Above all else, I thank the Lord for my ordination to the Priesthood, on May 18, 1996, which has been the font of so many other gifts. I thank Him for bringing me to the Diocese of Arlington to serve with so many great priests and lay people. And for allowing me to be ordained and serve under Bishop John Richard Keating, a courageous and wise servant of the Lord, who was also very kind to me in very difficult times. He left us too soon. May he rest in peace.
And let me thank Him also for bringing me to Virginia, a naturally beautiful state, but also one of such historic and political vibrancy. And for allowing me to be born in the greatest country on earth, to spend the first half of my life in the greatest state (Texas) in that country, and for allowing me to spend the second half in the second greatest state.
And by bringing me to Virginia, also allowing me to be close to and enjoy the support of my sister Barbette and her family, and my cousin Beth and her family, who live so close by.
I thank the Lord also for all the good priest friends He has given me, so many I can’t name them all here (but I guess I have to mention Fr. Ronald Gripshover, or he won’t let me stay in his parents timeshare when we go on golf vacations). And for the outstanding pastors he’s assigned me to, most especially Fr. Jerry Daly (yes, him), and Fr. Dennis Kleinman. Their examples of dedication, devotion, work ethic and unwavering faith continue to inspire and instruct me.
And I thank the Lord for the gift of so many wonderful parish assignments. A parish isn’t just a geographic area on a map or the bricks of a church building; it’s the parishioners that make it what it is. So I am thankful for all the parishioners in each of the 6 parishes I have served in (8 if you include my seminarian parishes), and especially at Holy Spirit, St. Andrews and St. Mary’s (Alexandria), with whom I have made many lasting and strong friendships.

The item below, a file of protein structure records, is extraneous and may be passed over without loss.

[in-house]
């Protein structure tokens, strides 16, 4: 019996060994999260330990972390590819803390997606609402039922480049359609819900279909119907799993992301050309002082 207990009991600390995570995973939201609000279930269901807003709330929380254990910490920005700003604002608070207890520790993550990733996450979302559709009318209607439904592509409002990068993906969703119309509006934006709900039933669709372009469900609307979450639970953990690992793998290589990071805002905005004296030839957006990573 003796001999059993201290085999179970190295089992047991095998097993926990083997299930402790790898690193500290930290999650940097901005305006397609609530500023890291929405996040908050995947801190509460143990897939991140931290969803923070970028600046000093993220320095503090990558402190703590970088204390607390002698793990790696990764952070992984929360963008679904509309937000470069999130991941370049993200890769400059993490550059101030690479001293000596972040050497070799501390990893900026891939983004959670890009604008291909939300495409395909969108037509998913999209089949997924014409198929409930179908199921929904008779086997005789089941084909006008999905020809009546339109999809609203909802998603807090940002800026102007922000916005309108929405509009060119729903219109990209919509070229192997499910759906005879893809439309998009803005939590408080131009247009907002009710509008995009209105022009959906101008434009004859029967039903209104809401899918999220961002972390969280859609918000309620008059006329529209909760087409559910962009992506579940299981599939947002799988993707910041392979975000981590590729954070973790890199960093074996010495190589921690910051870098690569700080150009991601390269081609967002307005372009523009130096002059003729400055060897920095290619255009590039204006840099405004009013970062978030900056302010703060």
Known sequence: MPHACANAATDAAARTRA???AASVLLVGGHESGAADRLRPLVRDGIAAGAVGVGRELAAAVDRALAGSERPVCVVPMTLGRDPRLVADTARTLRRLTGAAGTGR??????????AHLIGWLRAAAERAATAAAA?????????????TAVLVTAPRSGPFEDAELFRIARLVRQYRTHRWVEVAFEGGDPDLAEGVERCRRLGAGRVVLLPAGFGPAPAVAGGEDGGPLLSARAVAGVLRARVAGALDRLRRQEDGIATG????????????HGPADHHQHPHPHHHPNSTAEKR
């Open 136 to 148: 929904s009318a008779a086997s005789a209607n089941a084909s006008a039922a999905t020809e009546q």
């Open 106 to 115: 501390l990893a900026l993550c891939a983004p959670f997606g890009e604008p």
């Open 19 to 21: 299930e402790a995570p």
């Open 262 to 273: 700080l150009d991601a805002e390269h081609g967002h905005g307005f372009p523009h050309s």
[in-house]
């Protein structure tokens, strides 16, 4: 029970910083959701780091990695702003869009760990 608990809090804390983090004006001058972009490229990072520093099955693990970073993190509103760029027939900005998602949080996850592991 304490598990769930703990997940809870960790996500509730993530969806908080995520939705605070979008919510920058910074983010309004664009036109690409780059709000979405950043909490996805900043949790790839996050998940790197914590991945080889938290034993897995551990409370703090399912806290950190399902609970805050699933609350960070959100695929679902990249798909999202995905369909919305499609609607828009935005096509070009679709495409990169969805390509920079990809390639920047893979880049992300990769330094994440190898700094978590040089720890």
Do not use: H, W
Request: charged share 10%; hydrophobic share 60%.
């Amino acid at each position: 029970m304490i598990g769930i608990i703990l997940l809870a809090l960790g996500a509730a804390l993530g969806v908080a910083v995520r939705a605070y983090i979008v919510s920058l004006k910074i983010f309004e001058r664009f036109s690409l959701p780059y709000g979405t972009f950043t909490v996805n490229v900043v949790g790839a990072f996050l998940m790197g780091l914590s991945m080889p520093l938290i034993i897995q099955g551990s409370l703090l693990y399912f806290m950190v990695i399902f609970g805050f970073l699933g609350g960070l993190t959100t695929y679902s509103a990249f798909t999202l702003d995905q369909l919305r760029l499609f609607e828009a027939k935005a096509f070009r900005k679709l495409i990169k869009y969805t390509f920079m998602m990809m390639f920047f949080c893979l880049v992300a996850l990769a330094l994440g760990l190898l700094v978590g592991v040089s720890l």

I thank the Lord also for being formed and serving under two of the greatest Popes in the history of the Church, John Paul II and Benedict XVI, and being intellectually formed by their brilliant scholarly writings. They are truly my intellectual mentors.
And I thank Jesus for saving my life so many times when I was sick or foolish, and for giving me the assistance of His Mother, my patron saints (all the St. John’s) and a loving patroness, the Magdalene.
And last but not least, I deeply thank the Lord for the 10 years he’s given me as father of this parish of St. Raymond of Peñafort. Of course, we have our beautiful church, but the real joy of being pastor here is the devoted staff and volunteers, and the kind and holy parishioners. Sometimes I look at little children playing, and I feel a pain in my heart at not having children of my own. But then that pain quickly reminds me that I do have children. And so, finally, I thank the Lord for the gift of celibacy, which has been fruitful in giving me all of you.
There are countless other things I’m thankful for, but that will suffice for today. Praised be Jesus Christ.
Oremus pro invicem. Fr. De Celles